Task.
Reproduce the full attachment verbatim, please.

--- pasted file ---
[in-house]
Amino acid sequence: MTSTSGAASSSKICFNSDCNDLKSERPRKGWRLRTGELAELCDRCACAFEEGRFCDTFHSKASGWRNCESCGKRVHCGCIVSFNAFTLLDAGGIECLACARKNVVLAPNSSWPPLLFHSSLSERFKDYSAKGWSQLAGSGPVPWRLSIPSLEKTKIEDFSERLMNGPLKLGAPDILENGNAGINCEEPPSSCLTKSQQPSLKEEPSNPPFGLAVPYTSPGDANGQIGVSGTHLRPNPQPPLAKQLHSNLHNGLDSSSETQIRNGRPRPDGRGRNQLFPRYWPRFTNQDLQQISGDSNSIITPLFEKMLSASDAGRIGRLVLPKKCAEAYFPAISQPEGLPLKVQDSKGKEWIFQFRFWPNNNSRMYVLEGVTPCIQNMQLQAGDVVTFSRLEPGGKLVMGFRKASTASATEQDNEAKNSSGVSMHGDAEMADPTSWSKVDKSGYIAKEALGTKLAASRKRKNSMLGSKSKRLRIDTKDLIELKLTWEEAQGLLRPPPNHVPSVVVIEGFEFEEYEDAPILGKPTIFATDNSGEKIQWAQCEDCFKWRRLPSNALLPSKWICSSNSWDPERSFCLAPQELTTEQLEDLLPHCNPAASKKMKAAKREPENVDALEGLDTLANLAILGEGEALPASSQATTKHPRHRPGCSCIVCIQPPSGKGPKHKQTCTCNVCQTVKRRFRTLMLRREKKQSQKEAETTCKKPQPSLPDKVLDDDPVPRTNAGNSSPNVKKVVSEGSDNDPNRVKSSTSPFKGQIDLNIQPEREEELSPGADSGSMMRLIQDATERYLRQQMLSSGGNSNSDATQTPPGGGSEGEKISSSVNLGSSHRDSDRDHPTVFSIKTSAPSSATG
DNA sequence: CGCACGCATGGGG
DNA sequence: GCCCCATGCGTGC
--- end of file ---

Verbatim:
[in-house]
Amino acid sequence: MTSTSGAASSSKICFNSDCNDLKSERPRKGWRLRTGELAELCDRCACAFEEGRFCDTFHSKASGWRNCESCGKRVHCGCIVSFNAFTLLDAGGIECLACARKNVVLAPNSSWPPLLFHSSLSERFKDYSAKGWSQLAGSGPVPWRLSIPSLEKTKIEDFSERLMNGPLKLGAPDILENGNAGINCEEPPSSCLTKSQQPSLKEEPSNPPFGLAVPYTSPGDANGQIGVSGTHLRPNPQPPLAKQLHSNLHNGLDSSSETQIRNGRPRPDGRGRNQLFPRYWPRFTNQDLQQISGDSNSIITPLFEKMLSASDAGRIGRLVLPKKCAEAYFPAISQPEGLPLKVQDSKGKEWIFQFRFWPNNNSRMYVLEGVTPCIQNMQLQAGDVVTFSRLEPGGKLVMGFRKASTASATEQDNEAKNSSGVSMHGDAEMADPTSWSKVDKSGYIAKEALGTKLAASRKRKNSMLGSKSKRLRIDTKDLIELKLTWEEAQGLLRPPPNHVPSVVVIEGFEFEEYEDAPILGKPTIFATDNSGEKIQWAQCEDCFKWRRLPSNALLPSKWICSSNSWDPERSFCLAPQELTTEQLEDLLPHCNPAASKKMKAAKREPENVDALEGLDTLANLAILGEGEALPASSQATTKHPRHRPGCSCIVCIQPPSGKGPKHKQTCTCNVCQTVKRRFRTLMLRREKKQSQKEAETTCKKPQPSLPDKVLDDDPVPRTNAGNSSPNVKKVVSEGSDNDPNRVKSSTSPFKGQIDLNIQPEREEELSPGADSGSMMRLIQDATERYLRQQMLSSGGNSNSDATQTPPGGGSEGEKISSSVNLGSSHRDSDRDHPTVFSIKTSAPSSATG
DNA sequence: CGCACGCATGGGG
DNA sequence: GCCCCATGCGTGC